Inner London has experienced a decrease in segregation for most ethnic groups, with an increase of 3% or less for the White British, Caribbean and African groups. The White British group saw their greatest increase in segregation in inner London, although this was very small at 3%. Outer London’s decreasing segregation is particularly notable for the Bangladeshi (-12%), Chinese (-11%) and Mixed (-8%) groups. Segregation has decreased in metropolitan districts for all ethnic groups except White British. The White British and Other White groups saw marginal increases in segregation in other large cities. For all other ethnic groups, segregation decreased in these urban districts, in particular for the African group, with a decrease of 20%. The picture is one of decreased residential segregation in urban areas. An important mechanism for this change is dispersal from major cities to suburban and rural areas, in particular by families.
What we have here is a very different picture from that presented by Cantle and others - rather than seeing the colour of people living in a place as a mark of division, we see the same process of dispersal from immigrant communities we saw for previous generations of immigrants. People from Indian, Bengali and Pakistani heritage, as more of them succeed in life, molve away from the dense urban places of their arrival (or, for many, birth) in the same way that the children of poor East End Jews moved outwards to Golders Green, Hendon and Mill Hill. These Jewish families did not lose their faith or culture but their otherness was diminished by the things they shared with their new neighbours. There is no reason to suppose that the same dispersal for Hindu or Muslim, Asian and Black communities will not result in greater rather than less cohesion.
The reason for those statistics and for the frightening agenda apparent from Chuka Umunna is that the past couple of decades have seen the most concentrated influx of immigrants to the UK in our history. Whatever we think about this fact - The Guardian reports 1.2 million into London alone (although these are defined as not "white-British" so could be white European I guess) - if we define the lack of cohesion by simply counting how many black people there are in a given place then we fall into company with racists. Moreover, we define people by the box they tick on an ethnic monitoring form (a pox on these things) rather than on what they actually think, do or say.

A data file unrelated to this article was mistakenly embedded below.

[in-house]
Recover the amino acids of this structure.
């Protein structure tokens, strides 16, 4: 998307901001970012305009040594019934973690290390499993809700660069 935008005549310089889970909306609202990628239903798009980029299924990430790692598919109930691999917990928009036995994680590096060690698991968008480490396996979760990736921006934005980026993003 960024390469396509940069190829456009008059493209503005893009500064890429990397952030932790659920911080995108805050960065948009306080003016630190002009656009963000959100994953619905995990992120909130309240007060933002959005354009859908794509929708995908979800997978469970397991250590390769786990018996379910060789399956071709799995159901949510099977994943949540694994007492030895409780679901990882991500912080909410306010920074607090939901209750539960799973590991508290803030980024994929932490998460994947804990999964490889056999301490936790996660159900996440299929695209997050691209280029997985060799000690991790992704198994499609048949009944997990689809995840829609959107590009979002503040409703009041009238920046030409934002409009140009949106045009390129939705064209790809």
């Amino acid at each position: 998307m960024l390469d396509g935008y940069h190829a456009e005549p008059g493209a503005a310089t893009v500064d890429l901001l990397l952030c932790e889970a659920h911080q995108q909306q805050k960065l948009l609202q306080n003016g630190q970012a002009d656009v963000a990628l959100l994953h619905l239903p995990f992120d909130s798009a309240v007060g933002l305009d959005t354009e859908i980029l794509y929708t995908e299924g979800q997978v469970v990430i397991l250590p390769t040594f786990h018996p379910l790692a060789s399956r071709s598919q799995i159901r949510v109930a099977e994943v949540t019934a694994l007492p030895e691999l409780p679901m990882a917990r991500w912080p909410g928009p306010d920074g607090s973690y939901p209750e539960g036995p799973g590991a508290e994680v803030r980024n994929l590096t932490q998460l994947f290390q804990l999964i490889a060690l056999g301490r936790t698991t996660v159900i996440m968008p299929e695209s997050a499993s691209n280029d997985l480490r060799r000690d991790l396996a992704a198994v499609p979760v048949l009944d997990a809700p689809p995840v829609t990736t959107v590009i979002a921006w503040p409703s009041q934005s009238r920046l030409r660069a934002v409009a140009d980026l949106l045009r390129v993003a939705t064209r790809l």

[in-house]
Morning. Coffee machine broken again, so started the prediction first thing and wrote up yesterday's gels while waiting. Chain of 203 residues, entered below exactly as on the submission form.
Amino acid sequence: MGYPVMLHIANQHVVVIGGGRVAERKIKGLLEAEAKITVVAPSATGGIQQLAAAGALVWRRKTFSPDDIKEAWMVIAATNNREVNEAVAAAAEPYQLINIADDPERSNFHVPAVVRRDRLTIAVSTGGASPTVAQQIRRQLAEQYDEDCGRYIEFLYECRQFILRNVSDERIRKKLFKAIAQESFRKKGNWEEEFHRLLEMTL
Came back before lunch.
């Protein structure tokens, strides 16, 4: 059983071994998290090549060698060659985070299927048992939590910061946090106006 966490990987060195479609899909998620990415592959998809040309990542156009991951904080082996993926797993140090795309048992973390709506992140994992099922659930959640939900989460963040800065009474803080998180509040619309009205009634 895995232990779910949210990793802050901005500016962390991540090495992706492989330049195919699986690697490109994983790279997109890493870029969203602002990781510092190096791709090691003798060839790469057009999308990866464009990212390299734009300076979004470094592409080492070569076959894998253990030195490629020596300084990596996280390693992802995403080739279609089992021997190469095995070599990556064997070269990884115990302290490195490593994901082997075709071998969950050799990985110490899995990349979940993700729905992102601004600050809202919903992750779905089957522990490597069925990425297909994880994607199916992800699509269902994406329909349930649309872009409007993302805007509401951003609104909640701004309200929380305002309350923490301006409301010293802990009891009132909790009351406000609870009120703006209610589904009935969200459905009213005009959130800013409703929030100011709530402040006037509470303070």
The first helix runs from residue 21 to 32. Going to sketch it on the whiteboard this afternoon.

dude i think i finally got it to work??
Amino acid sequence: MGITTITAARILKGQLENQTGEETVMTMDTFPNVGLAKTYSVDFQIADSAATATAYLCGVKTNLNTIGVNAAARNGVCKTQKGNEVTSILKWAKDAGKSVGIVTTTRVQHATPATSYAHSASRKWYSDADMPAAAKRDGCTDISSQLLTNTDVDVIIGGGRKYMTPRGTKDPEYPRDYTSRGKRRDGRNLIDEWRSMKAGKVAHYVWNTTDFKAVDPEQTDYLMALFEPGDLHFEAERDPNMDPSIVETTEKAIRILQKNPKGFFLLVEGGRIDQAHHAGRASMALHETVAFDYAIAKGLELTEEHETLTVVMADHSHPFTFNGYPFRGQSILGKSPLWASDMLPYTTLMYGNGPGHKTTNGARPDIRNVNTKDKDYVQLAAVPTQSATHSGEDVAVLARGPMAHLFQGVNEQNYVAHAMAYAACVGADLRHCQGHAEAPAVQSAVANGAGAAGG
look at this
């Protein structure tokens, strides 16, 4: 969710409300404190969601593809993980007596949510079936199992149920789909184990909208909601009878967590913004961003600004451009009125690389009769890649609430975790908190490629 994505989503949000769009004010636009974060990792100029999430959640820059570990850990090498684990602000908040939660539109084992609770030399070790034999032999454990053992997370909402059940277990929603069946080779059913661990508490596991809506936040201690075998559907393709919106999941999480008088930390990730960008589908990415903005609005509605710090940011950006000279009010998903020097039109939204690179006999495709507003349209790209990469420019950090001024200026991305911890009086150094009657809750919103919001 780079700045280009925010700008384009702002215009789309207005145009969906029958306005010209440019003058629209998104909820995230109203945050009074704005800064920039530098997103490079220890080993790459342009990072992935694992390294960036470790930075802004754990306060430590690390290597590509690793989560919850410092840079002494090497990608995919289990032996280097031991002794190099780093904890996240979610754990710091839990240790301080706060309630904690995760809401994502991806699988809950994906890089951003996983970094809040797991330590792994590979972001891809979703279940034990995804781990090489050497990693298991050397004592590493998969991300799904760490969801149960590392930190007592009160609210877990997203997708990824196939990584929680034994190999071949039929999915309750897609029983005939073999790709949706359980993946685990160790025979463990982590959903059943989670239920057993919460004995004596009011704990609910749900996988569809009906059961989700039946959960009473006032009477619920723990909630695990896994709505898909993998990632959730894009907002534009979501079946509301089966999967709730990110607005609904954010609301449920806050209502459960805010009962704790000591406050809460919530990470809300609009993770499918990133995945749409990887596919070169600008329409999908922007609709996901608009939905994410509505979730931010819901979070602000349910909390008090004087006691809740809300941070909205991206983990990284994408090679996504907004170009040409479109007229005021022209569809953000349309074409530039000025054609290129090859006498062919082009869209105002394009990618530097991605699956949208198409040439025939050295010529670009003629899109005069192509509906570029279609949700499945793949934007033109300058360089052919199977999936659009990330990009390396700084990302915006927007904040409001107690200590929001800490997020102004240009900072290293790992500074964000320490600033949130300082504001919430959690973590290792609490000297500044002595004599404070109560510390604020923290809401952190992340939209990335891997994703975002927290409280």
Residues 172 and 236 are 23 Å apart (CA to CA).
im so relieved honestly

The South Asian population of Bingley Rural - the ward I represent - was 482 in 2011 (it has likely risen a little since then - so maybe 600) and was 164 in 2001. In a small way this illustrates this dispersal. This is around 3% of the population, yet we elected a resident of Pakistani heritage as a councillor this May. If I were to be blunt, I doubt this would have been possible in 2001. Of course there is racism, I met people who said they wouldn't vote for Naveed because of his race and faith but overwhelmingly people seemed to see beyond that fact to the person underneath.
The Guardian article - indeed much of what I read in the press about the affect or impact of immigration - fails to touch on the truth about integration. Just as people don't judge me as a Roman Catholic or my wife as Jewish (although we've some problems with this), we are beginning to stop judging people by their skin colour. We've a way to go with Islam - we still make assumptions about a woman in a headscarf, for example - but even there the extent of our experience and witness of what most Muslims are like is beginning to change how we view that faith.
The way in which Ted Cantle frames his argument - focusing on numbers and concentration rather than actual evidence of segregation - doesn't reflect the reality of immigration, integration and dispersal. There's nothing new about recent arrivals clustering together - this takes advantage of family links, community and faith institutions, and provides the necessary social capital to support the new community in a foreign environment. But every example of a new community has seen that concentration diminish as they become established. This isn't to say that there won't be continuing concentrations - Indians in Harrow, Jews in Alwoodley, Pakistanis in Heaton - but these places are no longer inward-looking ghettos but just places where a lot of the residents happen to be Jews, Hindus or Muslims.